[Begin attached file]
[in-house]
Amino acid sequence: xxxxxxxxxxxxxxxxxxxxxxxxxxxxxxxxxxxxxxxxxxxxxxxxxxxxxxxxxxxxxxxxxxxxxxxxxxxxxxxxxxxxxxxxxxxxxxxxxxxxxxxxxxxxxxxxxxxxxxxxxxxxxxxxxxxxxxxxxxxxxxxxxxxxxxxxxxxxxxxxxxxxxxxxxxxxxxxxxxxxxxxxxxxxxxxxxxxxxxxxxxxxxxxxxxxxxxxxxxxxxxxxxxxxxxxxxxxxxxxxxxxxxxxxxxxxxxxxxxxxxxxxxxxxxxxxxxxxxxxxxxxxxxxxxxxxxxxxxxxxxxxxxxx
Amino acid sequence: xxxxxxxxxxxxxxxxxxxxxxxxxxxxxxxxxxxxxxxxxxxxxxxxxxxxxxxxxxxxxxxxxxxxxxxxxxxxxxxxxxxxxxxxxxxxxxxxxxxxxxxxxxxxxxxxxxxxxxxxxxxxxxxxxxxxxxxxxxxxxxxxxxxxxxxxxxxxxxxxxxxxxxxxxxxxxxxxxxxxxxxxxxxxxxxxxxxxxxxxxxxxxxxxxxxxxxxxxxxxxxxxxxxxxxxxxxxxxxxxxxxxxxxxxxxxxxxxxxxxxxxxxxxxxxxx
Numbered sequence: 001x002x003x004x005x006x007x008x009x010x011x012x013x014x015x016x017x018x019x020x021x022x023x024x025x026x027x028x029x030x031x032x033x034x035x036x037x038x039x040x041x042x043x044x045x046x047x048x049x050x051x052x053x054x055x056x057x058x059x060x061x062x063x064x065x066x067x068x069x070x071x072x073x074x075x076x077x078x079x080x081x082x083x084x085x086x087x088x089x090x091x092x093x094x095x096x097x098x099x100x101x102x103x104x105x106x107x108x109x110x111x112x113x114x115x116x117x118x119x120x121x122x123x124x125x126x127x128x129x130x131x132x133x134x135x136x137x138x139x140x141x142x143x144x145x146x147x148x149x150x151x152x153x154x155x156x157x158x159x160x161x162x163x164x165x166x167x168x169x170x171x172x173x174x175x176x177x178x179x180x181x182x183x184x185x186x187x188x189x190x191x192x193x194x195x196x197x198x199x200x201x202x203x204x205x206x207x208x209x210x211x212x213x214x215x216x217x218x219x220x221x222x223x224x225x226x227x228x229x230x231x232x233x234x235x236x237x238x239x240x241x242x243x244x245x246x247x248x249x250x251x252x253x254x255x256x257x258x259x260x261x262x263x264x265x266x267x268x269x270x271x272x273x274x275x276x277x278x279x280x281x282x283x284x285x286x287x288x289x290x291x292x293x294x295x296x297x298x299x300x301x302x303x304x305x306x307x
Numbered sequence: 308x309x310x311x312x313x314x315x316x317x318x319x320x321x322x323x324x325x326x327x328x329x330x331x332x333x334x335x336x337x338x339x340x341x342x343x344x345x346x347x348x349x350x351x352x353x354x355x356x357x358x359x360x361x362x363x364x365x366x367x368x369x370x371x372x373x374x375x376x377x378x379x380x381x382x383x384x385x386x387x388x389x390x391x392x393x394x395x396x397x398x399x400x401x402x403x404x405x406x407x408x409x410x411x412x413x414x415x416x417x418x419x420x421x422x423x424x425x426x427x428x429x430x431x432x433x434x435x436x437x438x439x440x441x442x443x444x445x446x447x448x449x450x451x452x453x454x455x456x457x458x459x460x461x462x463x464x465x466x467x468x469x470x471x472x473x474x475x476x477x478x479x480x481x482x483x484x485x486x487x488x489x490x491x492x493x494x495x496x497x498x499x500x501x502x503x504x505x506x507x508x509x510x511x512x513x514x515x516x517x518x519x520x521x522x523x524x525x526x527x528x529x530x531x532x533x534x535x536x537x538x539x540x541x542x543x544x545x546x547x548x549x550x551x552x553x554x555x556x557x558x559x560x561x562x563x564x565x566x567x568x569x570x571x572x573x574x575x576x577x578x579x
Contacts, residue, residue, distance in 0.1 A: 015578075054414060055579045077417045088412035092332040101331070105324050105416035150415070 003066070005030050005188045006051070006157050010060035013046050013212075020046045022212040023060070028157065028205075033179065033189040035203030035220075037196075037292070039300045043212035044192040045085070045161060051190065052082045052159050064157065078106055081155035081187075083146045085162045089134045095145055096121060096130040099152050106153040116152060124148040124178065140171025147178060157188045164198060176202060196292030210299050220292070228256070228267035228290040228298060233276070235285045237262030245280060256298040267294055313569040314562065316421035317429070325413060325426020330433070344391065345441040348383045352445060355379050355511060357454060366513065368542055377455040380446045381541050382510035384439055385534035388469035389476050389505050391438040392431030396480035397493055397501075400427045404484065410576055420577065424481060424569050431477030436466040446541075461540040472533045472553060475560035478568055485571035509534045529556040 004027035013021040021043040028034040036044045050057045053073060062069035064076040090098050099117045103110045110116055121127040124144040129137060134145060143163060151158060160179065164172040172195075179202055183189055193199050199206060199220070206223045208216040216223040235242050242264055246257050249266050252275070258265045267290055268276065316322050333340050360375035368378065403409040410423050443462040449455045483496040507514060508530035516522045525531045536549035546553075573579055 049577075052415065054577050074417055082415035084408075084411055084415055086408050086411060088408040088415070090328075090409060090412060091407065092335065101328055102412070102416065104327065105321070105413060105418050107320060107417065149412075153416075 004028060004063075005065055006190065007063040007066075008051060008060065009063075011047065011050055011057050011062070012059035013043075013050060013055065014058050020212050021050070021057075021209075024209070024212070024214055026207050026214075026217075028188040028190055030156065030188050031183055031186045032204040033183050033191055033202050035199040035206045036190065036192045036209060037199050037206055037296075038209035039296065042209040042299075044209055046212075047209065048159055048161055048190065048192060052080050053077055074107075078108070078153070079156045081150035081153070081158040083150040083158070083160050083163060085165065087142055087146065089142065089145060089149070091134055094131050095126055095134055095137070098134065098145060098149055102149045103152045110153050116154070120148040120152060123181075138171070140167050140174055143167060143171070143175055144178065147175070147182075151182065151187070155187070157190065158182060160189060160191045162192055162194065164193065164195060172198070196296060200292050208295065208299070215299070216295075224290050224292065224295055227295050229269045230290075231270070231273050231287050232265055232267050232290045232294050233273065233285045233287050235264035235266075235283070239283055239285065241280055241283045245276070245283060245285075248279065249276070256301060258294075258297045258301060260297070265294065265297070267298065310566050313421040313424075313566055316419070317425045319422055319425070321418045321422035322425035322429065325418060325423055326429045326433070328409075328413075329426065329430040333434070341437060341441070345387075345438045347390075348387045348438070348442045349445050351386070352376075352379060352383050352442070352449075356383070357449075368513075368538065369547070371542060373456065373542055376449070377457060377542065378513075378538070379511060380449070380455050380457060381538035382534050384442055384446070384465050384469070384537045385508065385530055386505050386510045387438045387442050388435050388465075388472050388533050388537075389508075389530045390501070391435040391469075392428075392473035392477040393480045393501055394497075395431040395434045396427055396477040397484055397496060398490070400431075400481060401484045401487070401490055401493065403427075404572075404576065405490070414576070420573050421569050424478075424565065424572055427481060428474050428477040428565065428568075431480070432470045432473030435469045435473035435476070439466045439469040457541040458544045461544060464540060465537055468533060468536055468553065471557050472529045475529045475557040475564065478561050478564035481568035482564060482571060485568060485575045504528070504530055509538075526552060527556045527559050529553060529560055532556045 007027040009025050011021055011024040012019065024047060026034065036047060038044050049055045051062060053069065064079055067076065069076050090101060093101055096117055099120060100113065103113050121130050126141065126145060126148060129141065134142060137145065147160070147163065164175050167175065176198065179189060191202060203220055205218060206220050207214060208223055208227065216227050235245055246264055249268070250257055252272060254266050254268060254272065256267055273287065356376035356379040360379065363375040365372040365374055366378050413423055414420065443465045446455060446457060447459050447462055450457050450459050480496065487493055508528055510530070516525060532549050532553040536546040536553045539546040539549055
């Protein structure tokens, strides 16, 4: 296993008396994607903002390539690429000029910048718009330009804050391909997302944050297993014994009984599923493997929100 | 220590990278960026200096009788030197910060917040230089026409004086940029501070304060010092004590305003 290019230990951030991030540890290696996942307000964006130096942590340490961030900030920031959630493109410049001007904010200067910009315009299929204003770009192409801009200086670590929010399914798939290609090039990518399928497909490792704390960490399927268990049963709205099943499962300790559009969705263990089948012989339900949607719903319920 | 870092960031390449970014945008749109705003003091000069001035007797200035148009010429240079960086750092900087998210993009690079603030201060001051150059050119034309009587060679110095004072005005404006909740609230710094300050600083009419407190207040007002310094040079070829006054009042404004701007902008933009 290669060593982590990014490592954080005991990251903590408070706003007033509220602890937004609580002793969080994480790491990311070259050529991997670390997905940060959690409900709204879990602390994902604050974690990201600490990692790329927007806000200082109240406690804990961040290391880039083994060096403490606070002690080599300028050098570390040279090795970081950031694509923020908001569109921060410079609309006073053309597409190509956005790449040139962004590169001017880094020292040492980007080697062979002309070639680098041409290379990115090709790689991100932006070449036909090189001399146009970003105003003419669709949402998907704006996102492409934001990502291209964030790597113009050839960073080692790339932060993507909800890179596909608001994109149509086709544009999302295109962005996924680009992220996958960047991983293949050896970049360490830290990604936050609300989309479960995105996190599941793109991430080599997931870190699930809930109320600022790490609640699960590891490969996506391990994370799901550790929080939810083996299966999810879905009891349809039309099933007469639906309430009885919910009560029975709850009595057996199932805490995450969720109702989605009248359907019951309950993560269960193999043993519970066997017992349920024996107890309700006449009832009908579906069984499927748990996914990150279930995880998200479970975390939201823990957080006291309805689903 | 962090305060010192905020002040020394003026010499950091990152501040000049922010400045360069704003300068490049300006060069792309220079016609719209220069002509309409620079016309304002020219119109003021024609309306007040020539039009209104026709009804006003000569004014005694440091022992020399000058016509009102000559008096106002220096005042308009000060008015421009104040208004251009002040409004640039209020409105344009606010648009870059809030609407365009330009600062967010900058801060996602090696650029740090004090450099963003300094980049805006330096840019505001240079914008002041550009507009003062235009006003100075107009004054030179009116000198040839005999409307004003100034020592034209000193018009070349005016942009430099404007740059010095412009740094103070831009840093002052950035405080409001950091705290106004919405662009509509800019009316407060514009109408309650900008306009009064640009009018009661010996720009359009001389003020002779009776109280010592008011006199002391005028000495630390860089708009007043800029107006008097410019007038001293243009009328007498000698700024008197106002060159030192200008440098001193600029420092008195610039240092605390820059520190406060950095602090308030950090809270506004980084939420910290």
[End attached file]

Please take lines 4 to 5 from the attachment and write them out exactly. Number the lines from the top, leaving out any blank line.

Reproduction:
Numbered sequence: 001x002x003x004x005x006x007x008x009x010x011x012x013x014x015x016x017x018x019x020x021x022x023x024x025x026x027x028x029x030x031x032x033x034x035x036x037x038x039x040x041x042x043x044x045x046x047x048x049x050x051x052x053x054x055x056x057x058x059x060x061x062x063x064x065x066x067x068x069x070x071x072x073x074x075x076x077x078x079x080x081x082x083x084x085x086x087x088x089x090x091x092x093x094x095x096x097x098x099x100x101x102x103x104x105x106x107x108x109x110x111x112x113x114x115x116x117x118x119x120x121x122x123x124x125x126x127x128x129x130x131x132x133x134x135x136x137x138x139x140x141x142x143x144x145x146x147x148x149x150x151x152x153x154x155x156x157x158x159x160x161x162x163x164x165x166x167x168x169x170x171x172x173x174x175x176x177x178x179x180x181x182x183x184x185x186x187x188x189x190x191x192x193x194x195x196x197x198x199x200x201x202x203x204x205x206x207x208x209x210x211x212x213x214x215x216x217x218x219x220x221x222x223x224x225x226x227x228x229x230x231x232x233x234x235x236x237x238x239x240x241x242x243x244x245x246x247x248x249x250x251x252x253x254x255x256x257x258x259x260x261x262x263x264x265x266x267x268x269x270x271x272x273x274x275x276x277x278x279x280x281x282x283x284x285x286x287x288x289x290x291x292x293x294x295x296x297x298x299x300x301x302x303x304x305x306x307x
Numbered sequence: 308x309x310x311x312x313x314x315x316x317x318x319x320x321x322x323x324x325x326x327x328x329x330x331x332x333x334x335x336x337x338x339x340x341x342x343x344x345x346x347x348x349x350x351x352x353x354x355x356x357x358x359x360x361x362x363x364x365x366x367x368x369x370x371x372x373x374x375x376x377x378x379x380x381x382x383x384x385x386x387x388x389x390x391x392x393x394x395x396x397x398x399x400x401x402x403x404x405x406x407x408x409x410x411x412x413x414x415x416x417x418x419x420x421x422x423x424x425x426x427x428x429x430x431x432x433x434x435x436x437x438x439x440x441x442x443x444x445x446x447x448x449x450x451x452x453x454x455x456x457x458x459x460x461x462x463x464x465x466x467x468x469x470x471x472x473x474x475x476x477x478x479x480x481x482x483x484x485x486x487x488x489x490x491x492x493x494x495x496x497x498x499x500x501x502x503x504x505x506x507x508x509x510x511x512x513x514x515x516x517x518x519x520x521x522x523x524x525x526x527x528x529x530x531x532x533x534x535x536x537x538x539x540x541x542x543x544x545x546x547x548x549x550x551x552x553x554x555x556x557x558x559x560x561x562x563x564x565x566x567x568x569x570x571x572x573x574x575x576x577x578x579x